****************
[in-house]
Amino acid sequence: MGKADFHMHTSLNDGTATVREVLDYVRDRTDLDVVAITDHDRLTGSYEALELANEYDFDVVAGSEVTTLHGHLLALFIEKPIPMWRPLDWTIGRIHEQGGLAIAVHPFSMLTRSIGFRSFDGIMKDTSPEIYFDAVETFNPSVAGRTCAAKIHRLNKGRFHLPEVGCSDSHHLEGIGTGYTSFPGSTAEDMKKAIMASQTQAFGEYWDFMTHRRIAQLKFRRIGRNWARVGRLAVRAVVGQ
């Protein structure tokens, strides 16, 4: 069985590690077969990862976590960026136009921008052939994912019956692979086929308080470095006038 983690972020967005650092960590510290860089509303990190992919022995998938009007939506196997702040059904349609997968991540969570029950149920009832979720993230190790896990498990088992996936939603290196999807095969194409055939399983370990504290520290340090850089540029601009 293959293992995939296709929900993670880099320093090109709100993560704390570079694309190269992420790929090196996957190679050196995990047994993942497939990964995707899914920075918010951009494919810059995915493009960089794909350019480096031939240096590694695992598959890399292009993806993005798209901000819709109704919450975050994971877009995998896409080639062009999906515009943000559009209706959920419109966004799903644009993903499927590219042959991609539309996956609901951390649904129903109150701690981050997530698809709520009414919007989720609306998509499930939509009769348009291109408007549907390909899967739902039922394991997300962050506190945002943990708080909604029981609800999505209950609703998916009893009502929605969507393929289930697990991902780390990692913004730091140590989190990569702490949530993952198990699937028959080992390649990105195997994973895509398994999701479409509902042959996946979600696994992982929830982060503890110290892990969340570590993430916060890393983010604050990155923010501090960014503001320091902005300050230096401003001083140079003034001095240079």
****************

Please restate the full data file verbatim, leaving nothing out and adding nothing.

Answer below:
[in-house]
Amino acid sequence: MGKADFHMHTSLNDGTATVREVLDYVRDRTDLDVVAITDHDRLTGSYEALELANEYDFDVVAGSEVTTLHGHLLALFIEKPIPMWRPLDWTIGRIHEQGGLAIAVHPFSMLTRSIGFRSFDGIMKDTSPEIYFDAVETFNPSVAGRTCAAKIHRLNKGRFHLPEVGCSDSHHLEGIGTGYTSFPGSTAEDMKKAIMASQTQAFGEYWDFMTHRRIAQLKFRRIGRNWARVGRLAVRAVVGQ
């Protein structure tokens, strides 16, 4: 069985590690077969990862976590960026136009921008052939994912019956692979086929308080470095006038 983690972020967005650092960590510290860089509303990190992919022995998938009007939506196997702040059904349609997968991540969570029950149920009832979720993230190790896990498990088992996936939603290196999807095969194409055939399983370990504290520290340090850089540029601009 293959293992995939296709929900993670880099320093090109709100993560704390570079694309190269992420790929090196996957190679050196995990047994993942497939990964995707899914920075918010951009494919810059995915493009960089794909350019480096031939240096590694695992598959890399292009993806993005798209901000819709109704919450975050994971877009995998896409080639062009999906515009943000559009209706959920419109966004799903644009993903499927590219042959991609539309996956609901951390649904129903109150701690981050997530698809709520009414919007989720609306998509499930939509009769348009291109408007549907390909899967739902039922394991997300962050506190945002943990708080909604029981609800999505209950609703998916009893009502929605969507393929289930697990991902780390990692913004730091140590989190990569702490949530993952198990699937028959080992390649990105195997994973895509398994999701479409509902042959996946979600696994992982929830982060503890110290892990969340570590993430916060890393983010604050990155923010501090960014503001320091902005300050230096401003001083140079003034001095240079």